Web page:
…ok ok I know it’s a little crude and unnecessary but no other words can sum up the experiences I had in these past few days…
Thursday, 10.15.09 “ahh… so desu… now I get it... and I’m in Mother F*cking Japan!”
…I participated in the Japanese Exchange program for many reasons and one of those reasons is the miscommunication between people. Call me crazy but having a little bit of confusion is tanoshii (fun). So here is the story, it’s the 3rd week of school and it was my first time in the “studio” part of my Industrial Design Class… because everything was written in kanji, so I when a random Japanese helped me read the name of my professor, she only read one.. so I didn’t know that my class in part 1 is lecture and part 2 is studio… so after meeting my studio professor for the first time in 3 weeks, it all made sense to my why the Japanese kids stick around after the lecture portion of the class… ahh so desu… anyways another I had a another miscommunication happen when I saw other students design and then mines… I was told (in my written English syllabus) that the project was to design for play… but the thing is, it’s not just play… it’s “Play Structure” so it made sense to me that those crazy sketches from other were not toys but more like a jungle gym of some sort. So this is a pleasant surprise because I can integrate both my classes’ project because in my architecture planning class I’m proposing a children’s park and on my industrial design class I need to design a play structure…
Friday, 10.16.09 “I just pulled an all-nighter but I feel great because I’m in Mother F*cking Japan!
… after speaking to him about my architecture project, Fujihara Sensei, my lab professor gave me books to use. And since we needed to come up with more concrete plans of the site which is due the next day I pulled an all-nighter. But it was a different feeling, so stress at all, even with an impending deadline it was just “chill”. Walking to the train station (because we were too tired to bike back to our dormitory to take a shower) and seeing the sunshine permeate the city together with the slightly nippy temperature; I just can’t help but appreciate the fact that I just pulled an all-nighter in Japan.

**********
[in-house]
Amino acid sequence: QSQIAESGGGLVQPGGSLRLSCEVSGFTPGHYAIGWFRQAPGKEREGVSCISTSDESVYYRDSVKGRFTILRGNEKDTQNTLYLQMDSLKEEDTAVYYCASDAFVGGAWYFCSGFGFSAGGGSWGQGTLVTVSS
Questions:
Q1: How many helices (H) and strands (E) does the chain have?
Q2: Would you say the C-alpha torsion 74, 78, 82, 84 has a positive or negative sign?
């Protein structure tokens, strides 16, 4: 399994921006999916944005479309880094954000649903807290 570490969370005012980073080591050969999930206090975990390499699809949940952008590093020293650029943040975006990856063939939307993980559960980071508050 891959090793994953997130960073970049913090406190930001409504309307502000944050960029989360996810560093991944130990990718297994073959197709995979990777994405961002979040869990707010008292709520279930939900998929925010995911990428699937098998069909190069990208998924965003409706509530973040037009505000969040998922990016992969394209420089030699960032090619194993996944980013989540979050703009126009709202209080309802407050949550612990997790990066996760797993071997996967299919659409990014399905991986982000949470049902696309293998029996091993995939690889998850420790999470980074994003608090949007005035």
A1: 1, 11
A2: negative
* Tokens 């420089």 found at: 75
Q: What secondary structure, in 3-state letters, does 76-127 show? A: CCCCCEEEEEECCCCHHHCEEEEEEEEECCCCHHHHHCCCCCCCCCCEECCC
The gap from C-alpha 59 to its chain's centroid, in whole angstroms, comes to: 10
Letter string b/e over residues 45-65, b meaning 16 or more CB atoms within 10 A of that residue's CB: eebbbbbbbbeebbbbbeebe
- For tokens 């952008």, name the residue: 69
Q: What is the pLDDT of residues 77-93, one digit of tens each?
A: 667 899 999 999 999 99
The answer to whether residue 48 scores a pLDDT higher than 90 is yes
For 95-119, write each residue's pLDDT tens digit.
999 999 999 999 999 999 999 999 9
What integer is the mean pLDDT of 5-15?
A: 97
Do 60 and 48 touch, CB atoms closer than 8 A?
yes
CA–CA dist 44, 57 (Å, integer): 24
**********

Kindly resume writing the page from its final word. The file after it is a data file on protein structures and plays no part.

…oh later that evening each one of us exchange students coincidentally had a welcoming party organized by our own laboratories. My other fellow exchange students had a combined bbq party but since my lab is for grad students we had a different one. We had “Nabe” which this simple Japanese dish consisting of some sort of protein, in this case tori niku (chicken) and a plethora of veggies and some udon. I finally met all the people in my laboratory and we had a great time eating and drinking.. and some more drinking…
Saturday, 10.17.09 “…[speechless but thinking… I’m in Mother F*cking Japan!]”